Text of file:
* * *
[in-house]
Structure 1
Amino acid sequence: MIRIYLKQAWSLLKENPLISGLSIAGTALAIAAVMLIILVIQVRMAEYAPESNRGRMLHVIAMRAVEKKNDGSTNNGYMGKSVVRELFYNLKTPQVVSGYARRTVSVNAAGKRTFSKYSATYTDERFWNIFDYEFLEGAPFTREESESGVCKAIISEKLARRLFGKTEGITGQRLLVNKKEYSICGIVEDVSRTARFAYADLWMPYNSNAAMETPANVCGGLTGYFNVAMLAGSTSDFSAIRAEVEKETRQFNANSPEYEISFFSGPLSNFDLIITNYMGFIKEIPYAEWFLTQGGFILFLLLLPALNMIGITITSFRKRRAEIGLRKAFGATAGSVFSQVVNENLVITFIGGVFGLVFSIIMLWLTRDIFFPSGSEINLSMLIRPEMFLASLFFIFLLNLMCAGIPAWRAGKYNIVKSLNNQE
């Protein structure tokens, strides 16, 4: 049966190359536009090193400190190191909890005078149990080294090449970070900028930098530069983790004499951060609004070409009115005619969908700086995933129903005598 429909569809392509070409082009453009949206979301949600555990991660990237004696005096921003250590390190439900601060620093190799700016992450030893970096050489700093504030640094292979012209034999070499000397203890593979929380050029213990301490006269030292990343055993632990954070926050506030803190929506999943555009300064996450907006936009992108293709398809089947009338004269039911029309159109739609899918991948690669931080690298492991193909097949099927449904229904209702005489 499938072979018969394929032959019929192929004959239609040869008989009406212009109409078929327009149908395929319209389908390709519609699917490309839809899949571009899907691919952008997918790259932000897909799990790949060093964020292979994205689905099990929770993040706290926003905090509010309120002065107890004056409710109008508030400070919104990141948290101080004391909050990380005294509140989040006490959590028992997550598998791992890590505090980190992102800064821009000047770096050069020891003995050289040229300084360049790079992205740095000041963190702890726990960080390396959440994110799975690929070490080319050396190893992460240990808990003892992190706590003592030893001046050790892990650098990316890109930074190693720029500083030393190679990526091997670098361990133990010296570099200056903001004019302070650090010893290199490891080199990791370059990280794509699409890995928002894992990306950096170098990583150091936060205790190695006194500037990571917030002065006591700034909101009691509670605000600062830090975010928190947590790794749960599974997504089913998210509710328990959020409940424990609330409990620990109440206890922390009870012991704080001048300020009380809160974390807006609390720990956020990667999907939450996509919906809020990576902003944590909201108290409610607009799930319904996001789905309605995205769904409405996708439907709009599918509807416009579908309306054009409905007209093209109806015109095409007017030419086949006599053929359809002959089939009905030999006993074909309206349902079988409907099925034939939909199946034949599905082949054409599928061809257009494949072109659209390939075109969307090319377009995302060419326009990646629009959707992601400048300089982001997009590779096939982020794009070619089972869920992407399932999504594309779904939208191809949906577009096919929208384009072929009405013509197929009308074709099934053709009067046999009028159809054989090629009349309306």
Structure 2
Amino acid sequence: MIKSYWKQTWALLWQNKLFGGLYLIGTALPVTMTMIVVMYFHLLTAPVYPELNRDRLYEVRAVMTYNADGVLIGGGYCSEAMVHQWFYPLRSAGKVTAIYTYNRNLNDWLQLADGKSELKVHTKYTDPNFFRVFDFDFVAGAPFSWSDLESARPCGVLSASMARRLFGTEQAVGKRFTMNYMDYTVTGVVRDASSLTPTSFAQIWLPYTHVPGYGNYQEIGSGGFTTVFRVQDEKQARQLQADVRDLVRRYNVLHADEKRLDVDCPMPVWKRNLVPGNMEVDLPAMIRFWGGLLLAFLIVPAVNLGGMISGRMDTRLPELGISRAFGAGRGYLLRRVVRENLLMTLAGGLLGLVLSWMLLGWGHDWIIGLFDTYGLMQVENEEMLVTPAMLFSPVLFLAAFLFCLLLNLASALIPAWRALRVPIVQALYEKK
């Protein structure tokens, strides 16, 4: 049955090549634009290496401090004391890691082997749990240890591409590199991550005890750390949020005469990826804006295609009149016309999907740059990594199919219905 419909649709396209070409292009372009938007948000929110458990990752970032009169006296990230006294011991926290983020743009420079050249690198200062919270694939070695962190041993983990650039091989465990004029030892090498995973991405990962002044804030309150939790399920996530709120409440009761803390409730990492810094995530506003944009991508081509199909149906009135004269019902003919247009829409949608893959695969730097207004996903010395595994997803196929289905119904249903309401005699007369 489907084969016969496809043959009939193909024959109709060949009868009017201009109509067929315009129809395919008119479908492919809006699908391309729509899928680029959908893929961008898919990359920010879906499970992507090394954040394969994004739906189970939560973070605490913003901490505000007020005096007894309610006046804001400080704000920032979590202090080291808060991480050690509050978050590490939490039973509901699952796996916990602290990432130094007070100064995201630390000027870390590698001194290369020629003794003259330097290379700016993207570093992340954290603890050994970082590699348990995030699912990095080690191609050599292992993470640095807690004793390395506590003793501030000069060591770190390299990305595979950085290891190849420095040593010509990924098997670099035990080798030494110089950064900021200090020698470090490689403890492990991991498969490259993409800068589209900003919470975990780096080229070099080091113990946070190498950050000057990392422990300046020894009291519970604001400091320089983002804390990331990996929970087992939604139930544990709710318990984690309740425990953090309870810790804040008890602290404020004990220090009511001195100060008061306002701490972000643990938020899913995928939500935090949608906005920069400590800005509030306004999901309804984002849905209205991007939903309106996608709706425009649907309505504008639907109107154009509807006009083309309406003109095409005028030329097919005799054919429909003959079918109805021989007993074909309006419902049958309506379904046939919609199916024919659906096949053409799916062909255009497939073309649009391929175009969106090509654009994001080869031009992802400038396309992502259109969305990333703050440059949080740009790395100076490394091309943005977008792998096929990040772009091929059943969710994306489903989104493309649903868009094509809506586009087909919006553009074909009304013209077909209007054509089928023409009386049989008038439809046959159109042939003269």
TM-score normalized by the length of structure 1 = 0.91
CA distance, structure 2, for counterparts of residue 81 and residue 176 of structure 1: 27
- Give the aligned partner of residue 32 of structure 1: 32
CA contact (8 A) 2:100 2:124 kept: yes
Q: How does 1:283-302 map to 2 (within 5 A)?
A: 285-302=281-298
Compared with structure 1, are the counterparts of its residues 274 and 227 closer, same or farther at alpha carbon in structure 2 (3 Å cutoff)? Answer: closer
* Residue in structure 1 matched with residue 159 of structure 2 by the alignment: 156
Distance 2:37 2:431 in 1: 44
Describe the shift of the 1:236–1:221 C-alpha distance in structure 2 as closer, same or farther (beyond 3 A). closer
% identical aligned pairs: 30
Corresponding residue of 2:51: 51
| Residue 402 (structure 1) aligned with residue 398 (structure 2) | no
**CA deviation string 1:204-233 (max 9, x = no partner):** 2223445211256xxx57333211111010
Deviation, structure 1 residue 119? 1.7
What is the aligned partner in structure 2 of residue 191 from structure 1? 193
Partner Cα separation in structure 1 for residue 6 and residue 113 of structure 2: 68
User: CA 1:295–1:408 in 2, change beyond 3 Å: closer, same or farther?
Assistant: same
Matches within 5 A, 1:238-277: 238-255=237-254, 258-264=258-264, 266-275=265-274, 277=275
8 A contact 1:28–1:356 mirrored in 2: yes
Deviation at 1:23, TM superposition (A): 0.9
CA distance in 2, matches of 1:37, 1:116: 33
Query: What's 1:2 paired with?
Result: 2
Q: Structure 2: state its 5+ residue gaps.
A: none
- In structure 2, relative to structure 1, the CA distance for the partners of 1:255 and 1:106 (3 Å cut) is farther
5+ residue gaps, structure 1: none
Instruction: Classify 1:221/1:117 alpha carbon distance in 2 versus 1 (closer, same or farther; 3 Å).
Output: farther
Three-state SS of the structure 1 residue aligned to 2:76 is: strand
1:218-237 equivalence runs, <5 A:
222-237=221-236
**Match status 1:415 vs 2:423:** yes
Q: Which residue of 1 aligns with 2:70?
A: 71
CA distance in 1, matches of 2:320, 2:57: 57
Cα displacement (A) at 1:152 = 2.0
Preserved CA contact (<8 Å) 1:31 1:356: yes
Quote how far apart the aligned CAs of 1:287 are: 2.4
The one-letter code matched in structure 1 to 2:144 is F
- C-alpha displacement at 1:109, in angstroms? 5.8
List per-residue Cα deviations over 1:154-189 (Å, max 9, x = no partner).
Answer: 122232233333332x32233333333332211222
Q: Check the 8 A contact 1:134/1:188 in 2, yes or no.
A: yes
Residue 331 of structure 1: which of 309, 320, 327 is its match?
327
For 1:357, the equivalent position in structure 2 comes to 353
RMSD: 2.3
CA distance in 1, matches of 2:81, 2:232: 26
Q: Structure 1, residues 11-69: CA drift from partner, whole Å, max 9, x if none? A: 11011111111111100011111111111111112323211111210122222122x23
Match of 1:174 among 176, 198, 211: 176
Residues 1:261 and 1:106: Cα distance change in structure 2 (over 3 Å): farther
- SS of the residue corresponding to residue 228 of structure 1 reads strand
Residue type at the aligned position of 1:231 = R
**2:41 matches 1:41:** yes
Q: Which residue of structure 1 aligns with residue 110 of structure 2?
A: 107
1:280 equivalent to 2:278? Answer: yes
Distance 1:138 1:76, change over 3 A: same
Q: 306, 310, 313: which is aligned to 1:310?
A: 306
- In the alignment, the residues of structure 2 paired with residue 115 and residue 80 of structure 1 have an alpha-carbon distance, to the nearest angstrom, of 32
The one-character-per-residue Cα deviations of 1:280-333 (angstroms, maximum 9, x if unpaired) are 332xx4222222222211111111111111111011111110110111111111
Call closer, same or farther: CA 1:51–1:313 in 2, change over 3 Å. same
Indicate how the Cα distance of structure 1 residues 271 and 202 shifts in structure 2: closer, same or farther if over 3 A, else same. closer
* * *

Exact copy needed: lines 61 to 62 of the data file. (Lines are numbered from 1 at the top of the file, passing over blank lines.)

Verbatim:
Match of 1:174 among 176, 198, 211: 176
Residues 1:261 and 1:106: Cα distance change in structure 2 (over 3 Å): farther